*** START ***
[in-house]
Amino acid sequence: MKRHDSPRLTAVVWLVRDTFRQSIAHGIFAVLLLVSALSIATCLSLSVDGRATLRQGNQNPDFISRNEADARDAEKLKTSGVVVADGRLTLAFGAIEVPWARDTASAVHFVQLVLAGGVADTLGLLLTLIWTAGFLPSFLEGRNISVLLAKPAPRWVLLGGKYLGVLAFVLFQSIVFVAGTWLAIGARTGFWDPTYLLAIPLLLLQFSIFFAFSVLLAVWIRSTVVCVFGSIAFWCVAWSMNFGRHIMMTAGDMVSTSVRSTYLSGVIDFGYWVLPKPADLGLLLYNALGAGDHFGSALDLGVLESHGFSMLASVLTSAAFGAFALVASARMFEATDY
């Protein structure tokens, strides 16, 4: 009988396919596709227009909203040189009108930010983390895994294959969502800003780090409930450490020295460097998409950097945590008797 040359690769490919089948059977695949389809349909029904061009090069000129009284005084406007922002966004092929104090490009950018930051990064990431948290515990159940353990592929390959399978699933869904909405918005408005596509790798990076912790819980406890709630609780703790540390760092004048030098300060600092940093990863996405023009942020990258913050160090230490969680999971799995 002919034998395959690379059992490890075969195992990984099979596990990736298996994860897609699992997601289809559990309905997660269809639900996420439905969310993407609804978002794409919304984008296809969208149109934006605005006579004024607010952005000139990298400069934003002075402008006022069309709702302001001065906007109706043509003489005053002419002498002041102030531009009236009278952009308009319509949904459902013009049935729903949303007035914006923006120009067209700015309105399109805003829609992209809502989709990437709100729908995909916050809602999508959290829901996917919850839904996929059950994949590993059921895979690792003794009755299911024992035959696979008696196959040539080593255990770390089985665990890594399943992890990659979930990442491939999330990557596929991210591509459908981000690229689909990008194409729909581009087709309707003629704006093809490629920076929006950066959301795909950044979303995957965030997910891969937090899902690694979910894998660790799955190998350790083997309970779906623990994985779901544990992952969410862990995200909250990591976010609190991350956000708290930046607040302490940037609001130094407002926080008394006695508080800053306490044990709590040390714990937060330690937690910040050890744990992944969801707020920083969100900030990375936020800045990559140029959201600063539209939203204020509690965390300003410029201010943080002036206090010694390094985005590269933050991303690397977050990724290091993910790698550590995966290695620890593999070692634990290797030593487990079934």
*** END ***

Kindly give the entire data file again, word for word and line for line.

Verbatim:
[in-house]
Amino acid sequence: MKRHDSPRLTAVVWLVRDTFRQSIAHGIFAVLLLVSALSIATCLSLSVDGRATLRQGNQNPDFISRNEADARDAEKLKTSGVVVADGRLTLAFGAIEVPWARDTASAVHFVQLVLAGGVADTLGLLLTLIWTAGFLPSFLEGRNISVLLAKPAPRWVLLGGKYLGVLAFVLFQSIVFVAGTWLAIGARTGFWDPTYLLAIPLLLLQFSIFFAFSVLLAVWIRSTVVCVFGSIAFWCVAWSMNFGRHIMMTAGDMVSTSVRSTYLSGVIDFGYWVLPKPADLGLLLYNALGAGDHFGSALDLGVLESHGFSMLASVLTSAAFGAFALVASARMFEATDY
């Protein structure tokens, strides 16, 4: 009988396919596709227009909203040189009108930010983390895994294959969502800003780090409930450490020295460097998409950097945590008797 040359690769490919089948059977695949389809349909029904061009090069000129009284005084406007922002966004092929104090490009950018930051990064990431948290515990159940353990592929390959399978699933869904909405918005408005596509790798990076912790819980406890709630609780703790540390760092004048030098300060600092940093990863996405023009942020990258913050160090230490969680999971799995 002919034998395959690379059992490890075969195992990984099979596990990736298996994860897609699992997601289809559990309905997660269809639900996420439905969310993407609804978002794409919304984008296809969208149109934006605005006579004024607010952005000139990298400069934003002075402008006022069309709702302001001065906007109706043509003489005053002419002498002041102030531009009236009278952009308009319509949904459902013009049935729903949303007035914006923006120009067209700015309105399109805003829609992209809502989709990437709100729908995909916050809602999508959290829901996917919850839904996929059950994949590993059921895979690792003794009755299911024992035959696979008696196959040539080593255990770390089985665990890594399943992890990659979930990442491939999330990557596929991210591509459908981000690229689909990008194409729909581009087709309707003629704006093809490629920076929006950066959301795909950044979303995957965030997910891969937090899902690694979910894998660790799955190998350790083997309970779906623990994985779901544990992952969410862990995200909250990591976010609190991350956000708290930046607040302490940037609001130094407002926080008394006695508080800053306490044990709590040390714990937060330690937690910040050890744990992944969801707020920083969100900030990375936020800045990559140029959201600063539209939203204020509690965390300003410029201010943080002036206090010694390094985005590269933050991303690397977050990724290091993910790698550590995966290695620890593999070692634990290797030593487990079934």